With the support of a generous donor, we have been able to open a temporary exhibition space on Main Street in Hanover. The space, a former jewelry store, is located between a gelato shop and a local pub. We renovated it extensively, and now it bears the appearance of a Chelsea gallery. It has a great location on the street level at the intersection of two major streets in town, making it readily visible from passing cars or pedestrian traffic.
Early in the planning we decided to focus on exhibitions of global contemporary art. We take seriously the idea of bringing the world to Hanover. There is an appetite for this art in the classes at Dartmouth, and there is no other regional venue that regularly exhibits in this area. The campus is quite international, and the Hood has long endorsed the idea that every student should find themselves and their culture reflected in their college museum. The Hood Downtown programming decision also reflects an acknowledgement that we live in a globalized world. To the extent that it is possible, our exhibitions reflect international diversity and the exciting cross-cultural dialogue that characterizes contemporary art well into the second decade of the twenty-first century.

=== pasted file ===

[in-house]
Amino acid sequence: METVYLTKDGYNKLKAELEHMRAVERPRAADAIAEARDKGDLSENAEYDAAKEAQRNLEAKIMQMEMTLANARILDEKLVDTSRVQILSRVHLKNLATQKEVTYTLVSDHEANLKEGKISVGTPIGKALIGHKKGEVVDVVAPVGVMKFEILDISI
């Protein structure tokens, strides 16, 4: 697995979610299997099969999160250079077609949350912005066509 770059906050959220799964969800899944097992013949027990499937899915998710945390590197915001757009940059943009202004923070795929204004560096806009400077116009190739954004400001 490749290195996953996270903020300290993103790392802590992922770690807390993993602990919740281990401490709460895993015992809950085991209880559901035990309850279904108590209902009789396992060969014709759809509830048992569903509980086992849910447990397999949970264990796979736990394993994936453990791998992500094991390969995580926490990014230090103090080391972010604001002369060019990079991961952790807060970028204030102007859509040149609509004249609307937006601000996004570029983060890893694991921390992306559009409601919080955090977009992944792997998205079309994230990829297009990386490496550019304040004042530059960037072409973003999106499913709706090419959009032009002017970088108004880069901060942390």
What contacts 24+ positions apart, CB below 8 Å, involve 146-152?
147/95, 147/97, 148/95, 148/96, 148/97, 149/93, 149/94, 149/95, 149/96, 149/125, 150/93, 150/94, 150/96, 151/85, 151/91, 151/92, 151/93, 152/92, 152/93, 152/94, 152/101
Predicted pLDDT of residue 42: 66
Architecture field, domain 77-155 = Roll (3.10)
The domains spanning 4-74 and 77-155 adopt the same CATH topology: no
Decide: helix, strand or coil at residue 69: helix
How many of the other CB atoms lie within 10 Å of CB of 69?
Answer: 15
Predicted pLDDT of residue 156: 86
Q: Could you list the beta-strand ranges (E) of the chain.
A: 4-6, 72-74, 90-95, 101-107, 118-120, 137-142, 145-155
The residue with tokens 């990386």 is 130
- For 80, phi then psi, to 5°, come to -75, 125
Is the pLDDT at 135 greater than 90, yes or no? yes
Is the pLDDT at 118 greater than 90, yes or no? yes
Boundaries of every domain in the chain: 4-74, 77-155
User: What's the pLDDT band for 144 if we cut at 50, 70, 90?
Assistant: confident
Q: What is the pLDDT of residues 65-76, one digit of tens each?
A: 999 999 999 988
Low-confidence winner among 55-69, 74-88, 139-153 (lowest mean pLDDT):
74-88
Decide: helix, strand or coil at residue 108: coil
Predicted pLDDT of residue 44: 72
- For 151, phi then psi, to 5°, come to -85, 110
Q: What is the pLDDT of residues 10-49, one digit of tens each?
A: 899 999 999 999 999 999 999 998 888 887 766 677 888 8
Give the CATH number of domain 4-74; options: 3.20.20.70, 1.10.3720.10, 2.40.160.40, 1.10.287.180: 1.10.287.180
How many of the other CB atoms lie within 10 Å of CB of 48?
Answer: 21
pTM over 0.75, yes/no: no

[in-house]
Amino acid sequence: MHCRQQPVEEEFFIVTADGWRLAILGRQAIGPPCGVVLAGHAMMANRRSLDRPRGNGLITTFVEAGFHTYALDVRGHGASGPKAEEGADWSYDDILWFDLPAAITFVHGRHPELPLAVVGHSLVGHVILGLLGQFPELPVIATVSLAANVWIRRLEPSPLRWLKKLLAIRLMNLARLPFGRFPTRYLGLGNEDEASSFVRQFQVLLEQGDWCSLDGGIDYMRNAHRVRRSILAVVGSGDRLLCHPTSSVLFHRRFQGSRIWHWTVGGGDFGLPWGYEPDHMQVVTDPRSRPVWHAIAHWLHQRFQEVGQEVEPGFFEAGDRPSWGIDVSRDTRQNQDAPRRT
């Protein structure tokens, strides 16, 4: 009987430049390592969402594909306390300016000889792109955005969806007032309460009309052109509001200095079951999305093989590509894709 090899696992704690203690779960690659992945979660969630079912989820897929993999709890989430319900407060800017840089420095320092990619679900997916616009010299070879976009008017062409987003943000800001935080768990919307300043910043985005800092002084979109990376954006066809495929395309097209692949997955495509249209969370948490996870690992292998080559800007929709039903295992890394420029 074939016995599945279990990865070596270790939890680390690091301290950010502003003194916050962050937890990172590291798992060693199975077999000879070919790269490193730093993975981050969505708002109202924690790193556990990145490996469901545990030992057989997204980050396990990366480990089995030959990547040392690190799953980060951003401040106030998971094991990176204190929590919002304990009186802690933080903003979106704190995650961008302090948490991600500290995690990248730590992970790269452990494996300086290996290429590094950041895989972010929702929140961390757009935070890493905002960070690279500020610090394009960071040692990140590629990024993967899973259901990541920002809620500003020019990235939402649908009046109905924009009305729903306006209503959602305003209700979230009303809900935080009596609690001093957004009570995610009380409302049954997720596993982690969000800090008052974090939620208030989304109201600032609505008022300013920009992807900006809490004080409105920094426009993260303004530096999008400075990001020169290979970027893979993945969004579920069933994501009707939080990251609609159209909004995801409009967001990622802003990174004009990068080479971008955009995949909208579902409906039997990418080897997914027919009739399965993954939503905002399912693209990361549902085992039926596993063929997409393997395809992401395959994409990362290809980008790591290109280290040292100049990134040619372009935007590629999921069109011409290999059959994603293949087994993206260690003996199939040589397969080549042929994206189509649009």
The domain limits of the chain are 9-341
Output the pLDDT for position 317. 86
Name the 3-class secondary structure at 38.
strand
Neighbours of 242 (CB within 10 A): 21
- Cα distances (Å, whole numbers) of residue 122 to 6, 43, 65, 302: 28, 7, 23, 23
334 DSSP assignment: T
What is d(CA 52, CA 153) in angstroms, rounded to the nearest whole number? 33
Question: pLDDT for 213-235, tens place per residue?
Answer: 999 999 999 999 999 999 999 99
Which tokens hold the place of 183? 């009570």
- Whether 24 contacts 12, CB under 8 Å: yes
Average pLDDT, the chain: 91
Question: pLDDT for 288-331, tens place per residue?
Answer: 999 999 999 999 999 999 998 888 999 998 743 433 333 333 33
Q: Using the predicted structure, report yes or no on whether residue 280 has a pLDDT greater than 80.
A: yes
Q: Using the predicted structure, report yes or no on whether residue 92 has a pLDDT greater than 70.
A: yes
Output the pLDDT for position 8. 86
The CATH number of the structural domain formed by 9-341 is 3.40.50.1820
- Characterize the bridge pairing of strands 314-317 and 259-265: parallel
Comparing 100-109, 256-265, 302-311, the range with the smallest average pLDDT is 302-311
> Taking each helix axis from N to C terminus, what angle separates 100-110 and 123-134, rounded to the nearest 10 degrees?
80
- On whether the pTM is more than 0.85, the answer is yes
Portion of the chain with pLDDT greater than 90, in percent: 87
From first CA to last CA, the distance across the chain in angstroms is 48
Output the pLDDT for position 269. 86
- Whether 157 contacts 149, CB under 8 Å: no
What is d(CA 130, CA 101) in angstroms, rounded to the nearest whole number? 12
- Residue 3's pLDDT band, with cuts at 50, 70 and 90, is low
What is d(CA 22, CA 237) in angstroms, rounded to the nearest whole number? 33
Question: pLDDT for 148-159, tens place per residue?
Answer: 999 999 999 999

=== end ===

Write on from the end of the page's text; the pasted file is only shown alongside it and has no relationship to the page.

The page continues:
The eight anticipated exhibitions at Hood Downtown have had to meet multiple criteria. The work must balance sophisticated ideas with a very high level of execution and address the needs of all of our audiences. Happily, we have found artists whose work is layered and subtle, visually stunning and intellectually challenging—work that offers us the opportunity to attract and truly engage a wide variety of visitors.
Hood at Home